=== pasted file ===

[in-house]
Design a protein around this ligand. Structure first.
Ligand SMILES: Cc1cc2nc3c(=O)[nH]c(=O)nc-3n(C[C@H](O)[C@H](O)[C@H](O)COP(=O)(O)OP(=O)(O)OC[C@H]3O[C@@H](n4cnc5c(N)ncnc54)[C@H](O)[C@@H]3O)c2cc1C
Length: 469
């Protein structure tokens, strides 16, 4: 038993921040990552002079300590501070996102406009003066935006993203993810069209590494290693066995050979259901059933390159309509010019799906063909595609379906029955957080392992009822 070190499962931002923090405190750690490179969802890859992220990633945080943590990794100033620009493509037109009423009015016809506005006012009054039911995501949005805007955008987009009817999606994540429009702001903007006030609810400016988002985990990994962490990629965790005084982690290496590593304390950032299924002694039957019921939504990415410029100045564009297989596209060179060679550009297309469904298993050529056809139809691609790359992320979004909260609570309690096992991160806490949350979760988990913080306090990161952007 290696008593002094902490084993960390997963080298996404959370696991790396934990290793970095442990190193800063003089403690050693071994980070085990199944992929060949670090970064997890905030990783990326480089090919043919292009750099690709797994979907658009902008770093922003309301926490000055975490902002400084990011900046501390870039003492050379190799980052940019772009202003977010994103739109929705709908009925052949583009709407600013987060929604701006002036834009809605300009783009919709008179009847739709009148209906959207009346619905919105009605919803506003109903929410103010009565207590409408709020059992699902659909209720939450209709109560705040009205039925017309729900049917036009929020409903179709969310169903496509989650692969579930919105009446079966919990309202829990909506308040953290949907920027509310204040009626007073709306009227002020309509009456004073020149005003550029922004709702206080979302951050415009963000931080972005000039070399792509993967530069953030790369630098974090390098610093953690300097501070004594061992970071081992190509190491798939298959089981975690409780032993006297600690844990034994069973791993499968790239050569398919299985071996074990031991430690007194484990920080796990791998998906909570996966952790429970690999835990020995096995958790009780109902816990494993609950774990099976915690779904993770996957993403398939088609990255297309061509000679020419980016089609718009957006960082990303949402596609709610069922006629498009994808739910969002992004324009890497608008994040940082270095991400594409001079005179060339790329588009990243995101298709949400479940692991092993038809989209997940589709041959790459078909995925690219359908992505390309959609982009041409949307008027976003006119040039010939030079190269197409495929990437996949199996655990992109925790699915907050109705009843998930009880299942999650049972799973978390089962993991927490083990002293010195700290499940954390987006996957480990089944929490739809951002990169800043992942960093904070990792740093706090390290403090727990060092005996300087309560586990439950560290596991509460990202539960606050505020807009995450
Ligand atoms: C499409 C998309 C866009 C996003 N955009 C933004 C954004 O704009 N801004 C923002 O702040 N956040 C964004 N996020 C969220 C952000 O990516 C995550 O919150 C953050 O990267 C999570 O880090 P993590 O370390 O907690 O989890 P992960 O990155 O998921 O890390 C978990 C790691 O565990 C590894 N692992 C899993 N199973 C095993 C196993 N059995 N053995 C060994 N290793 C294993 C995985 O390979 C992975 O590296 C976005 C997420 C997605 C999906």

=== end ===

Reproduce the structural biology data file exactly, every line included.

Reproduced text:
[in-house]
Design a protein around this ligand. Structure first.
Ligand SMILES: Cc1cc2nc3c(=O)[nH]c(=O)nc-3n(C[C@H](O)[C@H](O)[C@H](O)COP(=O)(O)OP(=O)(O)OC[C@H]3O[C@@H](n4cnc5c(N)ncnc54)[C@H](O)[C@@H]3O)c2cc1C
Length: 469
């Protein structure tokens, strides 16, 4: 038993921040990552002079300590501070996102406009003066935006993203993810069209590494290693066995050979259901059933390159309509010019799906063909595609379906029955957080392992009822 070190499962931002923090405190750690490179969802890859992220990633945080943590990794100033620009493509037109009423009015016809506005006012009054039911995501949005805007955008987009009817999606994540429009702001903007006030609810400016988002985990990994962490990629965790005084982690290496590593304390950032299924002694039957019921939504990415410029100045564009297989596209060179060679550009297309469904298993050529056809139809691609790359992320979004909260609570309690096992991160806490949350979760988990913080306090990161952007 290696008593002094902490084993960390997963080298996404959370696991790396934990290793970095442990190193800063003089403690050693071994980070085990199944992929060949670090970064997890905030990783990326480089090919043919292009750099690709797994979907658009902008770093922003309301926490000055975490902002400084990011900046501390870039003492050379190799980052940019772009202003977010994103739109929705709908009925052949583009709407600013987060929604701006002036834009809605300009783009919709008179009847739709009148209906959207009346619905919105009605919803506003109903929410103010009565207590409408709020059992699902659909209720939450209709109560705040009205039925017309729900049917036009929020409903179709969310169903496509989650692969579930919105009446079966919990309202829990909506308040953290949907920027509310204040009626007073709306009227002020309509009456004073020149005003550029922004709702206080979302951050415009963000931080972005000039070399792509993967530069953030790369630098974090390098610093953690300097501070004594061992970071081992190509190491798939298959089981975690409780032993006297600690844990034994069973791993499968790239050569398919299985071996074990031991430690007194484990920080796990791998998906909570996966952790429970690999835990020995096995958790009780109902816990494993609950774990099976915690779904993770996957993403398939088609990255297309061509000679020419980016089609718009957006960082990303949402596609709610069922006629498009994808739910969002992004324009890497608008994040940082270095991400594409001079005179060339790329588009990243995101298709949400479940692991092993038809989209997940589709041959790459078909995925690219359908992505390309959609982009041409949307008027976003006119040039010939030079190269197409495929990437996949199996655990992109925790699915907050109705009843998930009880299942999650049972799973978390089962993991927490083990002293010195700290499940954390987006996957480990089944929490739809951002990169800043992942960093904070990792740093706090390290403090727990060092005996300087309560586990439950560290596991509460990202539960606050505020807009995450
Ligand atoms: C499409 C998309 C866009 C996003 N955009 C933004 C954004 O704009 N801004 C923002 O702040 N956040 C964004 N996020 C969220 C952000 O990516 C995550 O919150 C953050 O990267 C999570 O880090 P993590 O370390 O907690 O989890 P992960 O990155 O998921 O890390 C978990 C790691 O565990 C590894 N692992 C899993 N199973 C095993 C196993 N059995 N053995 C060994 N290793 C294993 C995985 O390979 C992975 O590296 C976005 C997420 C997605 C999906």